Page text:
Leaving School

Ronald Leedham: A Miserable Time

Ronald Leedham was born in 1929 in India. His family moved back to England in 1931after Ronald contracted Polio. Ronald spent some years in Hospital as a young child after contracting Diptheria. When he was six he returned home to Catford for a short while to live with his father, eventually ending up living in ‘homes for crippled children’ run by the Shaftesbury Society, until he was sixteen.

Here Ron talks about the advice he was given when he left school.


They made an effort when we were in our late fifteens to to introduce us to the outside world, they had an idea because you didn't have to go to bed until quarter to nine, when you were fifteen and a half you could stay up for another half an hour or something like that.
And in that time they made arrangements where you could.. they had a sort of little club where you could go and have a question and answer session. The idea was that one of the masters, the headmaster or someone like that would sit down and four or five of you older boys would go in and ask questions about life after school. And I thought alright, fair enough, it was a bit embarrassing you didn't know what to do and that sort of thing.
We only had two as far as I can remember and he said to us when we all went in there we sat down in this room and he sat on a chair, he said 'Right boys' he said 'Ask away any questions you want and I'll see if I can answer them for you. What's going to happen to you and all this sort of thing. Just ask away, I'm listening.'
There was a long silence I can remember and then I think it was me or maybe it was one of the others I've got a horrible feeling it was me. We just didn’t know what to ask him and I can remember this question was 'How do we deport ourselves when we pray? Did we do this? Did we do that? Did we do this or whatever it happened to be?' And the chap with all respect to the superintendent, he was nonplussed, I don’t think he'd ever been asked such a stupid question from somebody who was just going out into the world.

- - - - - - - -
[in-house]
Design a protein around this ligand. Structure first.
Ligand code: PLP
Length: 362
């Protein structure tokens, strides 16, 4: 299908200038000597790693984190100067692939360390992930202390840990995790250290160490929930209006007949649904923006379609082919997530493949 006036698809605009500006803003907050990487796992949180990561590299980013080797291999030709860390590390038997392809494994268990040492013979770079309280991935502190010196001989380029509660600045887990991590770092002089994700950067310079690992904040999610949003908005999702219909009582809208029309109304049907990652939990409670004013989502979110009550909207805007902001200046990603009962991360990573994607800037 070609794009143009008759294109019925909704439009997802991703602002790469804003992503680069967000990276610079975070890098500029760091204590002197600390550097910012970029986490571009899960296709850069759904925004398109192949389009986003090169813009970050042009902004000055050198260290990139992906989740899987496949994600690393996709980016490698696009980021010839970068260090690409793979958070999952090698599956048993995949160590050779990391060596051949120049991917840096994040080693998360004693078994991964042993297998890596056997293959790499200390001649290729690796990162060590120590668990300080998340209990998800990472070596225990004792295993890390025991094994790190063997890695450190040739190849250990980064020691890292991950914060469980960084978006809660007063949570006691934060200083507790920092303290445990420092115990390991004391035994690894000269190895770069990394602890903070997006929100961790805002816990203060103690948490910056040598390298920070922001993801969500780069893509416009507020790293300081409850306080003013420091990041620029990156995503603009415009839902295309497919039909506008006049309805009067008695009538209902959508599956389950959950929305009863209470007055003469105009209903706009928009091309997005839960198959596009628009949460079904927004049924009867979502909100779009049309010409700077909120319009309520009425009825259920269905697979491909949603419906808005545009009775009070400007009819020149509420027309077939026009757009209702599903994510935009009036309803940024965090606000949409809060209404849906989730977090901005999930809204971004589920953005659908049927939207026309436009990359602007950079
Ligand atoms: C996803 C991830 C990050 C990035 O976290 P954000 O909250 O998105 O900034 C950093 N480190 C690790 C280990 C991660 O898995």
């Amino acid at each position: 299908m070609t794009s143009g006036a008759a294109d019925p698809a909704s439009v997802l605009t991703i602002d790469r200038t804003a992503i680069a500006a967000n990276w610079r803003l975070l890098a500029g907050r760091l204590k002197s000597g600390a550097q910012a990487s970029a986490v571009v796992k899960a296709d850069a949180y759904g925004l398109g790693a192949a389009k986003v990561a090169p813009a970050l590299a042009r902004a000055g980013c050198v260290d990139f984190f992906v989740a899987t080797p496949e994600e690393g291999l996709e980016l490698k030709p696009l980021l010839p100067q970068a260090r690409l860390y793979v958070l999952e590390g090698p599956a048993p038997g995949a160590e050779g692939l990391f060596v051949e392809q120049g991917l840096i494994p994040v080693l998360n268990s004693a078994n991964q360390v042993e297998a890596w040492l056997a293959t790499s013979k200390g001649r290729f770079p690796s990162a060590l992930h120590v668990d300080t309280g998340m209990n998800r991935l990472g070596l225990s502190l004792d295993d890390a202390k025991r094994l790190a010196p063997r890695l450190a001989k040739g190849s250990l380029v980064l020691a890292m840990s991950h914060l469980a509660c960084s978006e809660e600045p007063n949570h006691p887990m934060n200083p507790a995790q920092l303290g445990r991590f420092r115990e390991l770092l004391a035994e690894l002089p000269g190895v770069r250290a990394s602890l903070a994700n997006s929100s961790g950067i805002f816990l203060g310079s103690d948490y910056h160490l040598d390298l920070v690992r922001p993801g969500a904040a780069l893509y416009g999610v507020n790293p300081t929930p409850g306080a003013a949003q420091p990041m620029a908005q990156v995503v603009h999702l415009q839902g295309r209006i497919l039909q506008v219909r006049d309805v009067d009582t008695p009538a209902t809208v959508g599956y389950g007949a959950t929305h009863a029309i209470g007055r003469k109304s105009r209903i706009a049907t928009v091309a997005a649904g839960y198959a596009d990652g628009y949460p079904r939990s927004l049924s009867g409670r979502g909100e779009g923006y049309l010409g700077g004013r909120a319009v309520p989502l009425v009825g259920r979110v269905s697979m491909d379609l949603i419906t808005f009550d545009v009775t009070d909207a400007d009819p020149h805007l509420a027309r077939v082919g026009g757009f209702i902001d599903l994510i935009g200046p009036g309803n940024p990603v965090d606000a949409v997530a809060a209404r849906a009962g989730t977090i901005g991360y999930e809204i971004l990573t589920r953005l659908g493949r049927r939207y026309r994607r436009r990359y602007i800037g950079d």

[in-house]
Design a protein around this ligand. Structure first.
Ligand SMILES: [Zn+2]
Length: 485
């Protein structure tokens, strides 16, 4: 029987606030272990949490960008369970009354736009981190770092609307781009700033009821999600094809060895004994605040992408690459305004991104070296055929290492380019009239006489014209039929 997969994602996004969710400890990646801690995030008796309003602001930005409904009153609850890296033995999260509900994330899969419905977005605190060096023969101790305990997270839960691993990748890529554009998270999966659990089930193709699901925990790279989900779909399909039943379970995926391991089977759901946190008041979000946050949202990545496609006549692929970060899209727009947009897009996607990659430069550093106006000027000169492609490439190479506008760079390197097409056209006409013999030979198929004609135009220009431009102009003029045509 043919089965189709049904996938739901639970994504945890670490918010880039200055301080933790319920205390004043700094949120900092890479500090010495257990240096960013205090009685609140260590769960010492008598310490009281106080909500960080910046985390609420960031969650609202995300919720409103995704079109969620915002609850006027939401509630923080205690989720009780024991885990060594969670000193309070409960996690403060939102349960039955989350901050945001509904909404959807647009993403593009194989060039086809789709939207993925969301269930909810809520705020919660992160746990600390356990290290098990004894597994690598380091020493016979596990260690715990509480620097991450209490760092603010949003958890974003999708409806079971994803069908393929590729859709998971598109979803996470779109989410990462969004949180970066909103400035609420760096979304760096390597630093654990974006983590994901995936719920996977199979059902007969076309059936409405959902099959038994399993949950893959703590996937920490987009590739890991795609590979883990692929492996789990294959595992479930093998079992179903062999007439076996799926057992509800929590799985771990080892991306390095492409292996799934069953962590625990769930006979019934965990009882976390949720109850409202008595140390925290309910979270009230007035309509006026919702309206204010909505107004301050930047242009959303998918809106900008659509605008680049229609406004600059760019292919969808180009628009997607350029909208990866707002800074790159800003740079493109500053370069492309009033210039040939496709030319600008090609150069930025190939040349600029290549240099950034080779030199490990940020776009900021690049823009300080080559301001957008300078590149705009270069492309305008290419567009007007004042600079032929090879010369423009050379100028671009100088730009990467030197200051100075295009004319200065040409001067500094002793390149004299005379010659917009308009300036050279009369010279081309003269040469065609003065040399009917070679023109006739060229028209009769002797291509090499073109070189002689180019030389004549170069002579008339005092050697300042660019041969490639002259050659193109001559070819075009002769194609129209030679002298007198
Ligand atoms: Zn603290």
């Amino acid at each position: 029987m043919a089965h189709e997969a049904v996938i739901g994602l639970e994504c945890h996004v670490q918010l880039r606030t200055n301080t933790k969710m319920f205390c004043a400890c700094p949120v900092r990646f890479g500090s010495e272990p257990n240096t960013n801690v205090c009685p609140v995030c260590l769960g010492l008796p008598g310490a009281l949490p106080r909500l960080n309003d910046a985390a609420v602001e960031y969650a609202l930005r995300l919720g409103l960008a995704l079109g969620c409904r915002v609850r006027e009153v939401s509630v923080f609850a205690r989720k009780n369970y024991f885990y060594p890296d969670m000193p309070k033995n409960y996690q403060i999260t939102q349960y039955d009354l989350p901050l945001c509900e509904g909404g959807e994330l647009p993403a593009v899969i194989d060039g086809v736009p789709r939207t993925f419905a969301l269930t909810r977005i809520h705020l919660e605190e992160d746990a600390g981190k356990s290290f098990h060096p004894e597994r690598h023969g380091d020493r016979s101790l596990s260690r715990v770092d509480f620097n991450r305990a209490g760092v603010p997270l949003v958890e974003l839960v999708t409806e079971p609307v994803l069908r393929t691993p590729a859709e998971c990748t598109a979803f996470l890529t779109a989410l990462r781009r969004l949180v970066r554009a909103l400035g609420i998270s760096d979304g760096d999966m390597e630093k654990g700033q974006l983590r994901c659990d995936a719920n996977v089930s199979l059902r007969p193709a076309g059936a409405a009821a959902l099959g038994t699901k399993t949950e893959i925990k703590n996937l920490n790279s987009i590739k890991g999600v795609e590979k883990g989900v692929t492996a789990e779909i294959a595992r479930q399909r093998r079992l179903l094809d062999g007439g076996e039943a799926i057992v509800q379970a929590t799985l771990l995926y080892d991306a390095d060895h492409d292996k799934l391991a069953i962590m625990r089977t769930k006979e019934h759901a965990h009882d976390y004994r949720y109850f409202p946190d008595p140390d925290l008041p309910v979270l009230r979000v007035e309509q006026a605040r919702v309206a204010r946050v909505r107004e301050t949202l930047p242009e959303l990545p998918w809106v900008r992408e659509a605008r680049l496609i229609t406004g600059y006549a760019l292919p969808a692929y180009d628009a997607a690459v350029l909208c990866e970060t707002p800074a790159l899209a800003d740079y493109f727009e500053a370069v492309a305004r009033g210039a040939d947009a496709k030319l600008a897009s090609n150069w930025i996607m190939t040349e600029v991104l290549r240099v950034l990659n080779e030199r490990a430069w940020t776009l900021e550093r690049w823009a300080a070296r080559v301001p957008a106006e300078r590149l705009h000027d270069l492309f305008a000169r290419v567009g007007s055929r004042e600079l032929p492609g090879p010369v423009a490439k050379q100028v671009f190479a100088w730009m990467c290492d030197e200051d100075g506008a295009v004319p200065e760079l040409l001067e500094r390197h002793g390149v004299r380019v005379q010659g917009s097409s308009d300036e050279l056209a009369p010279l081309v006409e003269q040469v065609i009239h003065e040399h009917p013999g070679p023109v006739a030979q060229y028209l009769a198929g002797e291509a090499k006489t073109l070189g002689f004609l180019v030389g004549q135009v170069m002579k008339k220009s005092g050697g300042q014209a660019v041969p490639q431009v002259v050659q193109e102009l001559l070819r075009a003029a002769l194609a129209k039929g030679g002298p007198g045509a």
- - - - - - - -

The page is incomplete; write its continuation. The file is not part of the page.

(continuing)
They gave it up in the end, what it boiled down to was that we were so ignorant of the outside world at that age that we didn’t even know what questions to ask! So how could I in my misery, as it was at the time, I'll always remember it, it was a miserable period for me, wondering what was going to go on, I didn't even know what questions to ask, how I would be able to cope with whatever situation arose? And then they wonder why you have so much trouble when you leave home when you've been in one of those places?
When I left there I was sixteen and a bit and I had to go into the office to pick up your ration book and all that sort of thing that you had in those days. And I had me parcel with me with me few bits of belongings that were mine, there weren’t many, brown paper parcel.
And I can remember the matron, she was a lovely lady, she used to play the piano at our services and at the concerts we used to give and this, that and the other, she was a nice lady. I can remember her saying to me, she said 'Well Ronnie we've looked after you as best we can and we hope you've had a good time here and we hope you're successful' but she said 'Whatever you do in life, don't forget to say your prayers.' So I said 'Yes matron.' And that was it, that was all the advice I had after incarceration since I was seven about how to conduct my life. But as I say that's the way the school was made.

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